The Treasury market is trading in a narrow range Thursday as investors balance European debt concerns with signs of an improving U.S. economy.
An auction of 7-year Treasury notes met with higher demand, giving Treasury prices a slight lift.
Stock prices rose after a report on jobs and strong earnings showed the economy is continuing to get better. The Dow Jones industrials is up about 140 points.
However, investors worldwide remain cautious about ongoing debt problems in Europe, particularly Greece. On Wednesday, Spain was the third country this week to see its debt rating slashed by Standard & Poor's, following Greece and Portugal.
European officials tried to reassure markets Thursday that they were rushing to approve a package of bailout loans that Greece has asked for. Investors tend to bid up prices of Treasury securities if they expect turmoil in other financial markets.
Market participants have been concerned that Greece could default on its debt and that the trouble there would spread to other countries. Those concerns helped drive up Treasury prices and pushed down yields earlier this week.
The yield on the 10-year Treasury note, a benchmark for many consumer loans, slipped to 3.76 percent in afternoon trading Thursday from 3.77 percent late Wednesday. Its price edged higher, rising 0.0625 cents to $98.875. The yield on the 10-year note is linked to rates on mortgages and other consumer loans.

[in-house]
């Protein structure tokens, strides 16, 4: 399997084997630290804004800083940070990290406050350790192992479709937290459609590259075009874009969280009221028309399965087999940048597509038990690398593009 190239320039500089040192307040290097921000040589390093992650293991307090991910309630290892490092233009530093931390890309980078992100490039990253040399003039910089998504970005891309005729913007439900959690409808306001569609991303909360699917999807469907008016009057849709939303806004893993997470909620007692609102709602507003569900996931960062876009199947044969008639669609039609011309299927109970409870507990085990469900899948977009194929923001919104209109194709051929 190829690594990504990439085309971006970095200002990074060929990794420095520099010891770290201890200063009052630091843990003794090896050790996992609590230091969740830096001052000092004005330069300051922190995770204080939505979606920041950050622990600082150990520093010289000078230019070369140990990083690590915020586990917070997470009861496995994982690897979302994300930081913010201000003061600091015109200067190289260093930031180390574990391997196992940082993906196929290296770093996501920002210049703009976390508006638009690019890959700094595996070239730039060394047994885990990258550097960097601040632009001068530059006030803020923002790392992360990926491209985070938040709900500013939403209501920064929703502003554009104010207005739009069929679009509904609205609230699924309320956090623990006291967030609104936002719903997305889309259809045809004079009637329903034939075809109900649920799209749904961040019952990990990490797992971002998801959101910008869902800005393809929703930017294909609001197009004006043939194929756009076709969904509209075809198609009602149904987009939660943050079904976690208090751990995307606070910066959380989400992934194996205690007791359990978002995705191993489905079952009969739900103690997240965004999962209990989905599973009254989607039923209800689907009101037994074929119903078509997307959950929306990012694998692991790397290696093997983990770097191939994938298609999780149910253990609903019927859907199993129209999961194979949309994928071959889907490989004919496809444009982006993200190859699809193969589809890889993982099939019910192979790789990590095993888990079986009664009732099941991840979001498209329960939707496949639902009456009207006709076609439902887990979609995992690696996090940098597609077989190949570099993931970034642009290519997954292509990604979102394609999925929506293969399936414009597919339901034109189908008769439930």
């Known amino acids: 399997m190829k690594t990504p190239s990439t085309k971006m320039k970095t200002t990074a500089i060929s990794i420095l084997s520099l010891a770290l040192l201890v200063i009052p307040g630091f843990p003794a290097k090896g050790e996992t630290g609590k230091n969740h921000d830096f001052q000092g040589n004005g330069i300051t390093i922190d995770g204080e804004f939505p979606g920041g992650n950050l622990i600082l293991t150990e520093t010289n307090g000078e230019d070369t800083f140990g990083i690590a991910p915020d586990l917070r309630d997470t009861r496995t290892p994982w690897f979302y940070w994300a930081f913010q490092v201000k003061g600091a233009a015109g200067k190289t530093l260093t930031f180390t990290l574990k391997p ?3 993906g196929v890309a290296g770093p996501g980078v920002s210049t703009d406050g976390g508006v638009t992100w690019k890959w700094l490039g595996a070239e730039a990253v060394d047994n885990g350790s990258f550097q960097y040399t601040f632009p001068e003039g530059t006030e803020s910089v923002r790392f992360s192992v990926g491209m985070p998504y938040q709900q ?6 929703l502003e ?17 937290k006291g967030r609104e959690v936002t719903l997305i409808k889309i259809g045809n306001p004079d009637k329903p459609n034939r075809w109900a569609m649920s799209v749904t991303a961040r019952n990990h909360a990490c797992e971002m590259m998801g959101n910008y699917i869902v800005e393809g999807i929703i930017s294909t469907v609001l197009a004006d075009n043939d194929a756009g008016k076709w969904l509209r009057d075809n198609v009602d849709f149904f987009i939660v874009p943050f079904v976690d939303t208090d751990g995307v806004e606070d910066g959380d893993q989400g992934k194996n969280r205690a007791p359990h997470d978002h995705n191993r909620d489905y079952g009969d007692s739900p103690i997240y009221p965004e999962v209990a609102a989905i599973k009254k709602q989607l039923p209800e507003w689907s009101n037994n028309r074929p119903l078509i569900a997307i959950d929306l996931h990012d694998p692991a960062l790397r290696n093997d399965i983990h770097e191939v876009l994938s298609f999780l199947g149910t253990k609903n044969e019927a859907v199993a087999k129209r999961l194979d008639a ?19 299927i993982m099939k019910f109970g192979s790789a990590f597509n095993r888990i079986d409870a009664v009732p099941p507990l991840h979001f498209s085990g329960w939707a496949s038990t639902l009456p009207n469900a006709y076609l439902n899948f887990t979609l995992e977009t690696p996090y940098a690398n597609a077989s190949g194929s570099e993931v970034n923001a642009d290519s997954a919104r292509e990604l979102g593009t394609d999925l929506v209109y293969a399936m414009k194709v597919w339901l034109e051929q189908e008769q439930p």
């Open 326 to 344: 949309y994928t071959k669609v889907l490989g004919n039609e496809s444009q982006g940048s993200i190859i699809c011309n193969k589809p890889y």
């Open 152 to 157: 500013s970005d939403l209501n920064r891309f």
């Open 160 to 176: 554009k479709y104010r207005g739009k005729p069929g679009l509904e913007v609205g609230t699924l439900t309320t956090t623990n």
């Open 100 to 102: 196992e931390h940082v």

The Labor Department's weekly update on jobless claims showed the number of people applying for unemployment benefits dipped for the second straight week, though they did not drop quite as far as predicted. First-time claims fell to 448,000 last week, slightly higher of expectations.
The auction of 7-year Treasury notes was greeted with solid demand, lifting Treasury prices. The Treasury Department sold $32 billion in notes. The bid-to-cover ratio, or the number of bids accepted compared with those received, was 2.82, higher than the 2.61 in an auction for notes with a similar maturity in March.
The auction wrapped up this week's $129 billion debt supply.
In other trading, the yield on the 2-year note that matures in March 2012 fell to 1.03 percent from 1.04 percent. Its price was unchanged at $99.9375.
The yield on 30-year bond that matures in February 2040 fell to 4.62 percent from 4.63 percent. Its price rose 0.1875 cents to $100.125.
The yield on the 3-month T-bill that matures July 29 rose to 0.16 percent from 0.15 percent.
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